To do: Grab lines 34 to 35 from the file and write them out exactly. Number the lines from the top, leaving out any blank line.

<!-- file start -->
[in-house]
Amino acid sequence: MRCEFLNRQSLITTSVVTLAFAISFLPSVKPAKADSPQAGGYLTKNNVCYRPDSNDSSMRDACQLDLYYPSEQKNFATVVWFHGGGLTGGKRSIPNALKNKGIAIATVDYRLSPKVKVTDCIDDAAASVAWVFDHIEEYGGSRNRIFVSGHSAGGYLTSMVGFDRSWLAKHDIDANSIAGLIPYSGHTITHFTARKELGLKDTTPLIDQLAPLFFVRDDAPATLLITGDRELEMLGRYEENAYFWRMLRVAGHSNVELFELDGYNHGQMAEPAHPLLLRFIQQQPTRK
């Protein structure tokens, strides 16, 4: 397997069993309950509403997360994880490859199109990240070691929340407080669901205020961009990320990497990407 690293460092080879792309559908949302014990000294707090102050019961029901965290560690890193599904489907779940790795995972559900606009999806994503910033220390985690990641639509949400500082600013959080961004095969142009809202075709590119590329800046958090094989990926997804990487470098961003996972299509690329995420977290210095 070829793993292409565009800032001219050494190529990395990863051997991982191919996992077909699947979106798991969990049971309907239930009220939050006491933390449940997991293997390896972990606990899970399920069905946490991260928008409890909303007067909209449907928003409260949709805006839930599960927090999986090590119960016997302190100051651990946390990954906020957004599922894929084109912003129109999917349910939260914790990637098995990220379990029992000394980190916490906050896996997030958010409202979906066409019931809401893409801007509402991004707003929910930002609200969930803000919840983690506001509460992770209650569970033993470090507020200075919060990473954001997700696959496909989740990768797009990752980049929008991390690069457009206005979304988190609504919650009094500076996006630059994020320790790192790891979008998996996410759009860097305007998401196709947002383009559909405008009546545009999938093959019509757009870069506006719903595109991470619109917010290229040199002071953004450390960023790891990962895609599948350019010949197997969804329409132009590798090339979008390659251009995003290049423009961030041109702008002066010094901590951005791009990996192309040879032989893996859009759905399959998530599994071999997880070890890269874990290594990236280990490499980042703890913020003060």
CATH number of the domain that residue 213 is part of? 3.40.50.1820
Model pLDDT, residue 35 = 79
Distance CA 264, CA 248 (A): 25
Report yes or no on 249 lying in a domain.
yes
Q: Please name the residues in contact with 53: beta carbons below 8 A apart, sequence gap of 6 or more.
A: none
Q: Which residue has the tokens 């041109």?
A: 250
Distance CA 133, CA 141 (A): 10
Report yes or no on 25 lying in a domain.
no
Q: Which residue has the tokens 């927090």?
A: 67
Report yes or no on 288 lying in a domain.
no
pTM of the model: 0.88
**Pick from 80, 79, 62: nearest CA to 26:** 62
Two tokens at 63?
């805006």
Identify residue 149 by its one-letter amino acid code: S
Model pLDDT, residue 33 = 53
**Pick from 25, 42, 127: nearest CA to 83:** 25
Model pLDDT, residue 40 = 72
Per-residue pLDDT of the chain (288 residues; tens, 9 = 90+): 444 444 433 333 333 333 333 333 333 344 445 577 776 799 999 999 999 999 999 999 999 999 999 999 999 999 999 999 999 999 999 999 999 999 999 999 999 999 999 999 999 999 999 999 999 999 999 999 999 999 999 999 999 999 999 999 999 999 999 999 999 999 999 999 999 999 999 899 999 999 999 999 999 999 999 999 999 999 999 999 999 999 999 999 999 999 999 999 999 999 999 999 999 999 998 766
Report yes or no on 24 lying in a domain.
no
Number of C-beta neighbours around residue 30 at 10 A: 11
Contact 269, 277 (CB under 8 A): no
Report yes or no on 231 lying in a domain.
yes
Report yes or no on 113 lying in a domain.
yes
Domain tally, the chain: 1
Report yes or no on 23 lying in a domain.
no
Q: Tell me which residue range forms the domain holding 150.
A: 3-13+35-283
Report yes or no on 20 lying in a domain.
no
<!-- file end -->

yes
Report yes or no on 113 lying in a domain.